Nanomedicine and lysosomal storage disorders

Lysosomal storage disorders (LSDs) are a group of ~50 genetic diseases of lysosomal function resulting in an intra-lysosomal accumulation of undegraded material with a combined incidence of 1:5.000 live births (Fuller et al. 2006). The clinical phenotype of LSDs varies widely from skeletal and visceral manifestation to severe CNS involvement depending on the defective protein and storage material involved.

Having attended the 8th European workshop and InNerMeD information Network on LSDs ( and the 13th international postgraduate course on LSDs, I had the chance to interact closely with clinicians working in this field and grasp the potential that new nanomedical systems bear.

Over 50% of LSDs have a neuropathology (Scriver et al. 2001) yet current treatment approaches such as enzyme replacement, substrate reduction therapy as well as gene and cell based strategies cannot target the central nervous system (CNS) since the blood brain barrier (BBB) imposes an insurmountable obstacle. The BBB is formed by brain endothelial cells with the support of pericytes and astrocytes, tightly regulating brain homeostasis and providing neuroprotection. Yet it is also the most significant factor limiting drug delivery to the CNS. Strategies for circumventing the BBB such as direct intracerebral injection or opening of the barriers tight junctions are considered highly invasive and lack specificity.

The use of nanoparticles for targeting the brain offers great potential for the
treatment of these neurodegenerative disorders and others. Injection of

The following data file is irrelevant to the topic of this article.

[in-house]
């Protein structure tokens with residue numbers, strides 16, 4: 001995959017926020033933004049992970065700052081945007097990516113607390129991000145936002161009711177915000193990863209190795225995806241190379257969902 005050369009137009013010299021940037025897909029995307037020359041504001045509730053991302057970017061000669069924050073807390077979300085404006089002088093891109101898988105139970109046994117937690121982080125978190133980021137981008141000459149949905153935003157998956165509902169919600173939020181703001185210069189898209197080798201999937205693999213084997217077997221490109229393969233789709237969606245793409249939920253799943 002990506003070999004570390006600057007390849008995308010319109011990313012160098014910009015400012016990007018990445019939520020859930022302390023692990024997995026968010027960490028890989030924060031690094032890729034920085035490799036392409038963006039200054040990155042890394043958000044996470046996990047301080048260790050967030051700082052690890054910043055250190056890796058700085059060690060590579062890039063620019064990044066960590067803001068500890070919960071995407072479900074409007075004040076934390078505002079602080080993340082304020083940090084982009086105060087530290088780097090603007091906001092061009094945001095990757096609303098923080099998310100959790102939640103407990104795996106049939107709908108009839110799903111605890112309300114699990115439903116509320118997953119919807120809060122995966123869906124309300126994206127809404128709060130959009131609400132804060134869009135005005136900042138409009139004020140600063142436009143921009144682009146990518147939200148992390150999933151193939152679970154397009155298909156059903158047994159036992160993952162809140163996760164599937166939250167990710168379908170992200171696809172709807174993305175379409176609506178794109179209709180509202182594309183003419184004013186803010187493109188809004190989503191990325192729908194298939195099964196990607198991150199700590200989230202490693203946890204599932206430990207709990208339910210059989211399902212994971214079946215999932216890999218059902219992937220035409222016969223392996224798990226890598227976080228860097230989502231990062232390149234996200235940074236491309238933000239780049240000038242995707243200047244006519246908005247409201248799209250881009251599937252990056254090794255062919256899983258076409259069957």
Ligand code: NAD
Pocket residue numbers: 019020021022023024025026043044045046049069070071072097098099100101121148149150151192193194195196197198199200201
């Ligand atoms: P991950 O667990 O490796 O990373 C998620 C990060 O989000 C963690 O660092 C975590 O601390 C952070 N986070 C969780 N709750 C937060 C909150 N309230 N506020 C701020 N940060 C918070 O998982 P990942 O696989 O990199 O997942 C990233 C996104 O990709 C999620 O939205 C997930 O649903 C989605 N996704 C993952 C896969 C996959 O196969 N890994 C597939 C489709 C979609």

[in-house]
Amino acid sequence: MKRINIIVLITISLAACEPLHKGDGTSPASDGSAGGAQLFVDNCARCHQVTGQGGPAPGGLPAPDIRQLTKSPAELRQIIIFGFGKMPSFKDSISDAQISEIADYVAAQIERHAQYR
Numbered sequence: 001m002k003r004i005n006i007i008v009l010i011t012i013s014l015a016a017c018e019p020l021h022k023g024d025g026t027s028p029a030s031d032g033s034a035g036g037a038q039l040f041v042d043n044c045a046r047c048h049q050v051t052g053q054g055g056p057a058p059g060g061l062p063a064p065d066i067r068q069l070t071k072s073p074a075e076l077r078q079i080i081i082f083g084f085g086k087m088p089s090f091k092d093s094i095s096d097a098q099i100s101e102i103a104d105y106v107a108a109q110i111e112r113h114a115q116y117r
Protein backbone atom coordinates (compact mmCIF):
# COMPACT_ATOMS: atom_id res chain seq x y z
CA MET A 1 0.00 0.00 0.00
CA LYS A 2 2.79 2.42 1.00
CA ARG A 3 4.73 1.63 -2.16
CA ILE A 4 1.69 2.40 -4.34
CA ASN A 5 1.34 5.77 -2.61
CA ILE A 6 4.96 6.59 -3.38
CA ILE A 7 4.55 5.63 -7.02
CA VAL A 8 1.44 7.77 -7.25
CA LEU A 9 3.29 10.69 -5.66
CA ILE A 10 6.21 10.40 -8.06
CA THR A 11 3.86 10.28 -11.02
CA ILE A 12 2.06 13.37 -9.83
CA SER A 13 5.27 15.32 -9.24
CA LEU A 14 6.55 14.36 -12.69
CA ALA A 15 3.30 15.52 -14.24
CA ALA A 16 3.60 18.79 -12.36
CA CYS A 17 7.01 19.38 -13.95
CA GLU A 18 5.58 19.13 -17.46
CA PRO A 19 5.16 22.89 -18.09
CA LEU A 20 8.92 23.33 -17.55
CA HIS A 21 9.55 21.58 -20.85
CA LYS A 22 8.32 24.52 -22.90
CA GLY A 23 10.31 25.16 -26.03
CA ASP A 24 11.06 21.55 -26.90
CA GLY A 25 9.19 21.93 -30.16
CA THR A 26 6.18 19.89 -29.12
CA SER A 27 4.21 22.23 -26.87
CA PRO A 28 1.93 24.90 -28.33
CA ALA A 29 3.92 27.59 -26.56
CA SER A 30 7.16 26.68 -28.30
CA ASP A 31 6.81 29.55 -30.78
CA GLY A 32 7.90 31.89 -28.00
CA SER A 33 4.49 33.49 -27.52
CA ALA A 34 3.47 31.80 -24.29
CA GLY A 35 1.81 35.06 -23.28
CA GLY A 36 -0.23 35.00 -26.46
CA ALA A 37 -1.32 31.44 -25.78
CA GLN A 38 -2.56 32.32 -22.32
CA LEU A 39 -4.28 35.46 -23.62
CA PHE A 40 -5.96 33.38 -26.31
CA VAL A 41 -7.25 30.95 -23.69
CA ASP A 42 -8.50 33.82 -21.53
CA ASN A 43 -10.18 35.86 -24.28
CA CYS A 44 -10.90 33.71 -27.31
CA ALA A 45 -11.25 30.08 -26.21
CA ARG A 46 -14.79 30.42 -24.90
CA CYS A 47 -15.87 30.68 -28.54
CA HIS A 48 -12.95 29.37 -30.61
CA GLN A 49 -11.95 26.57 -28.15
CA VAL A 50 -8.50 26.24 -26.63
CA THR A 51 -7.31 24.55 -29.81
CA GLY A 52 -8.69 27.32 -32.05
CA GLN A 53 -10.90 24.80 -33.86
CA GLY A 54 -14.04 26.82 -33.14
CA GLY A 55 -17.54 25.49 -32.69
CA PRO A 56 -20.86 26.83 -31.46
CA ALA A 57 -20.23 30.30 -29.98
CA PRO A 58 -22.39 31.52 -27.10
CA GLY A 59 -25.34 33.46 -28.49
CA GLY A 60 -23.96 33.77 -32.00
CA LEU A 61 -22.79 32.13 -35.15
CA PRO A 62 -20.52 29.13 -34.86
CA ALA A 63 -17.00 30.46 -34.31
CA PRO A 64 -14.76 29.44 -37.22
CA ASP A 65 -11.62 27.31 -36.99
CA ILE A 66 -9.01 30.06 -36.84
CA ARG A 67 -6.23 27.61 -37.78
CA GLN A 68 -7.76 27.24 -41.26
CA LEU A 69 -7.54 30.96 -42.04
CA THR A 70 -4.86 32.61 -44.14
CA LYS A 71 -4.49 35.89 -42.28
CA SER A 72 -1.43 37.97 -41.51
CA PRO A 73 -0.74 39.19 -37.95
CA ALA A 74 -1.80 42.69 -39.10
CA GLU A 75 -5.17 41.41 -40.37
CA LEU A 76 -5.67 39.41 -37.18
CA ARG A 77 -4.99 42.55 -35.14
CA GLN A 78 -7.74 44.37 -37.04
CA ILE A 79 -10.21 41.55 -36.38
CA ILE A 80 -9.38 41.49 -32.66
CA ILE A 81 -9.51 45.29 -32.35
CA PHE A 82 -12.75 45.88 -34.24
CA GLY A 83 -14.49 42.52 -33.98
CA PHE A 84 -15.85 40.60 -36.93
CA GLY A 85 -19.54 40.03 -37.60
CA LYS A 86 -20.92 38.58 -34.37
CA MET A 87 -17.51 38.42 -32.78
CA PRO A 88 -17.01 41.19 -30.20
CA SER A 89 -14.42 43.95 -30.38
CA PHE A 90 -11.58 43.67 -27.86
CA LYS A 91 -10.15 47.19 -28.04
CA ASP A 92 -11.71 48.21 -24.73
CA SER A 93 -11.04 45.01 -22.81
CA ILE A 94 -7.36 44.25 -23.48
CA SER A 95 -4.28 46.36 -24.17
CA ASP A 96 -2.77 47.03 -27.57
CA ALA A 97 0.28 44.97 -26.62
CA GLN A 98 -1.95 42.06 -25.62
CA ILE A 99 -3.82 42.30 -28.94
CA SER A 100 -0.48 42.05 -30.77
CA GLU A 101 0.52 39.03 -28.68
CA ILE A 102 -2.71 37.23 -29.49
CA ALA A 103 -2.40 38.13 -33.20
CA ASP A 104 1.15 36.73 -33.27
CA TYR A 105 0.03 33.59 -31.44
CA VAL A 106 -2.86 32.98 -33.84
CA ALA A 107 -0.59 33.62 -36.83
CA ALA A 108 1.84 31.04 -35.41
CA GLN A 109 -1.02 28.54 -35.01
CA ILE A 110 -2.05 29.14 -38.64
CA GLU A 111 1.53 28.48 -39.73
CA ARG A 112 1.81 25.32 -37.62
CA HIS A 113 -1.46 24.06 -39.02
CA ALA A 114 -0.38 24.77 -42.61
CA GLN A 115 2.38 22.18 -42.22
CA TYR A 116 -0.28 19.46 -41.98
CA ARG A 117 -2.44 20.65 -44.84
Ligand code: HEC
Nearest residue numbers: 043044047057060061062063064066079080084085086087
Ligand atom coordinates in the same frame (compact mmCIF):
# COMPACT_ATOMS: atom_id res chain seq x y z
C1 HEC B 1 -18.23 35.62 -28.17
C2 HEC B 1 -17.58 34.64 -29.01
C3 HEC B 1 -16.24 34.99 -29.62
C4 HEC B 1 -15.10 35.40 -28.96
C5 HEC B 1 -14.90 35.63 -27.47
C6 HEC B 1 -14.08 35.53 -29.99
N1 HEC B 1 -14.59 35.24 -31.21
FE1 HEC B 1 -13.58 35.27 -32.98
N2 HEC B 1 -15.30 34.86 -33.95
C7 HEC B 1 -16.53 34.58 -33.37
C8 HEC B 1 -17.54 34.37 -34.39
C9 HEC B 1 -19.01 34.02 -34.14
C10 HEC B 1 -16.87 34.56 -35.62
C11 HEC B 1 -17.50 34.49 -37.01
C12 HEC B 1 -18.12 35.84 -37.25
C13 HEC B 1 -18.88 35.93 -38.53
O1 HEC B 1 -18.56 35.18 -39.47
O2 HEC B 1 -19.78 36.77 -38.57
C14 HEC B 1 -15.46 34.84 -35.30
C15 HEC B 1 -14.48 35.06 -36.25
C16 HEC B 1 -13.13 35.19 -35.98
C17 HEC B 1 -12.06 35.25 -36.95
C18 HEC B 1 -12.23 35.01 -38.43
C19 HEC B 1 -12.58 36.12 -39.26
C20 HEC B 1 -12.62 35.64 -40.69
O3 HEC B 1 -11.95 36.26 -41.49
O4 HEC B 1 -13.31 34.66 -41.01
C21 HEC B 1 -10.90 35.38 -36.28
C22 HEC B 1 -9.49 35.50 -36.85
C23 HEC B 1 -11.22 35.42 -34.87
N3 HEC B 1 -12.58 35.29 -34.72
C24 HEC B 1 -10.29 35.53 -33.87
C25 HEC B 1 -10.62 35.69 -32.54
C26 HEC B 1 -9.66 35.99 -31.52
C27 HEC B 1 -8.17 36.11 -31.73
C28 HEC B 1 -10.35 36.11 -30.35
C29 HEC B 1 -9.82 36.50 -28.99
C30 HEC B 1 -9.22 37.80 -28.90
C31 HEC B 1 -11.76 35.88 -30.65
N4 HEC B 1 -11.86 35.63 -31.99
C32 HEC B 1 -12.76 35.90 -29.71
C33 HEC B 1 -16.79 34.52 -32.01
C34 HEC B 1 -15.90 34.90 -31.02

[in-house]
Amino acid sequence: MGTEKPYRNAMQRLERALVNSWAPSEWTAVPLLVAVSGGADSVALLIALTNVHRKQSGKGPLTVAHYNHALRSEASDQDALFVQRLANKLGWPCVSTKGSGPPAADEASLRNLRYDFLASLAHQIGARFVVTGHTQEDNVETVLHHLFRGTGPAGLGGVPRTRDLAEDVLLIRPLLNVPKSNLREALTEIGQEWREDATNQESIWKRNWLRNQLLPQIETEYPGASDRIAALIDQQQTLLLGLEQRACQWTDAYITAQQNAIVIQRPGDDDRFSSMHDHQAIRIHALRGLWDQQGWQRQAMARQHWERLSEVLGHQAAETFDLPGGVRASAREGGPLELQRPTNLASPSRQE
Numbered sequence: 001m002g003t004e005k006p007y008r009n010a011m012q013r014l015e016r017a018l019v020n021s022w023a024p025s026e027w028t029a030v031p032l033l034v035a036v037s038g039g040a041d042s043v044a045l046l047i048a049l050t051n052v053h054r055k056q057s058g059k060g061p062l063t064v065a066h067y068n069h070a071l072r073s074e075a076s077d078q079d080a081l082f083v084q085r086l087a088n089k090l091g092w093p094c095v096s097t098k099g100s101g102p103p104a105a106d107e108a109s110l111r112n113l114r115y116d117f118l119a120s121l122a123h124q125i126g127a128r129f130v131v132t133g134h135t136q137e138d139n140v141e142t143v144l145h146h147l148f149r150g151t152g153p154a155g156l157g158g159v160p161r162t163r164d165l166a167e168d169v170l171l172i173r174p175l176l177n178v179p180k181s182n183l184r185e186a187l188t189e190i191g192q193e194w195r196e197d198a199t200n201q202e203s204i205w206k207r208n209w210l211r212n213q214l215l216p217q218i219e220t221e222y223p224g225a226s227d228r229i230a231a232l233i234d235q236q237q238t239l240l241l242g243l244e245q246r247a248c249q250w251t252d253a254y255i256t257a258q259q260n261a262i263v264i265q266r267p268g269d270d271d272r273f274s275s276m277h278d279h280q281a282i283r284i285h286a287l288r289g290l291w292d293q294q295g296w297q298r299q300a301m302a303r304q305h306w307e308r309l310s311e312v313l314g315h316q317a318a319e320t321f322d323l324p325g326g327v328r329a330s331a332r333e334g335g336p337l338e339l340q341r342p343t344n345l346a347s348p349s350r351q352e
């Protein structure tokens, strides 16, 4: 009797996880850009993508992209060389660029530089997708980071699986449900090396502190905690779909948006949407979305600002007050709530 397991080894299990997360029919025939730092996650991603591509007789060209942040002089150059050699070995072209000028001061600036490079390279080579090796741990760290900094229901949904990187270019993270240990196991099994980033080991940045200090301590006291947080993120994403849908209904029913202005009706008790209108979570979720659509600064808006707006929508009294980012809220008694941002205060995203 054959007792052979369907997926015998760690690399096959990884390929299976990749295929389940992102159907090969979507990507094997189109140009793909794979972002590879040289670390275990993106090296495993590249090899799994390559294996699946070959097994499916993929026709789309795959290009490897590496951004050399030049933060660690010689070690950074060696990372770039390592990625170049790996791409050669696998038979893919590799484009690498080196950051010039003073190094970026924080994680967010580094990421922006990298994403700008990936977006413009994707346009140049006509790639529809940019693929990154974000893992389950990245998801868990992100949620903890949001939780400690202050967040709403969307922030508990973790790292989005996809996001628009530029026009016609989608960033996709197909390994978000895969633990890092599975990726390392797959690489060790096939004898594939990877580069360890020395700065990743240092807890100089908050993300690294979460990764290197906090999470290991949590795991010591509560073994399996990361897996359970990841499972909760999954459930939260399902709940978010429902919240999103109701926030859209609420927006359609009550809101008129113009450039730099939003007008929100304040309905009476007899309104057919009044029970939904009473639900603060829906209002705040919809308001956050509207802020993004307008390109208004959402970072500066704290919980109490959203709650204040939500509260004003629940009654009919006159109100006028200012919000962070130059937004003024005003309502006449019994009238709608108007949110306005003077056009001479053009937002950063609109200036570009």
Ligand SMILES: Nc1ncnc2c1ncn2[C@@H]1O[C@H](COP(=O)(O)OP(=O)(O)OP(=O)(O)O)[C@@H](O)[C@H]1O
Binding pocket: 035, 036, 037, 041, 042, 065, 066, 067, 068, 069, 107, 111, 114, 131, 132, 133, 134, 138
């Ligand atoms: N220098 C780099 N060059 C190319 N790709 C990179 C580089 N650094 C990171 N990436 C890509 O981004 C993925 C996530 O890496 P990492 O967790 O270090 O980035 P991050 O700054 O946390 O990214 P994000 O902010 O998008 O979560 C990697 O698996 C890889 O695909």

nanoparticles into the blood stream which can be coupled with enzymes or other therapeutics allows wide-spread targeting of all brain regions given the exceptional vascular system of the brain. Yet various criteria for the design of such particles have to be kept in mind, amongst others: they have to be able to cross the BBB without reducing its integrity, allow linkage of enzymes or therapeutics, be internalized into neurons whilst maintaining their cargo and subsequently release it. Additionally the particle itself needs to be nonantigenic and biodegradable to have long term clinical relevance.

Initial attempts to use nanoparticles for LSD treatment have been made already, yet limited success emphasises the importance of understanding the molecular characteristics and functionality of the BBB first to allow for efficient nanoparticle design and BBB targeting.


Fuller et al. 2006:

Fuller M, Meikle PJ and Hopwood JJ, Epidemiology of lysosomal storage diseases: an overview. Oxford: Oxford PharmaGenesis; 2006

Scriver et al. 2001:
Scriver C, Beaudet A, Sly W, Valle D, Childs B, Kinzler K and Vogelstein B, The
metabolic and molecular bases of inherited disease. 8. New York: McGraw-Hill; 2001

Further reading:

David B, Pontikis CC and Scarpa M, Lysosomal storage diseases and the blood-brain barrier, Current Pharmaceutical Design; 2008

Muro S, New biotechnological and nanomedicine strategies for treatment of
lysosomal storage disorders. Wiley Interdiscip Rev Nanomed Nanobiotechnol. 2010

Anne Iltzsche
PathChooser Fellow
Kings College London

Posted in Fellows Updates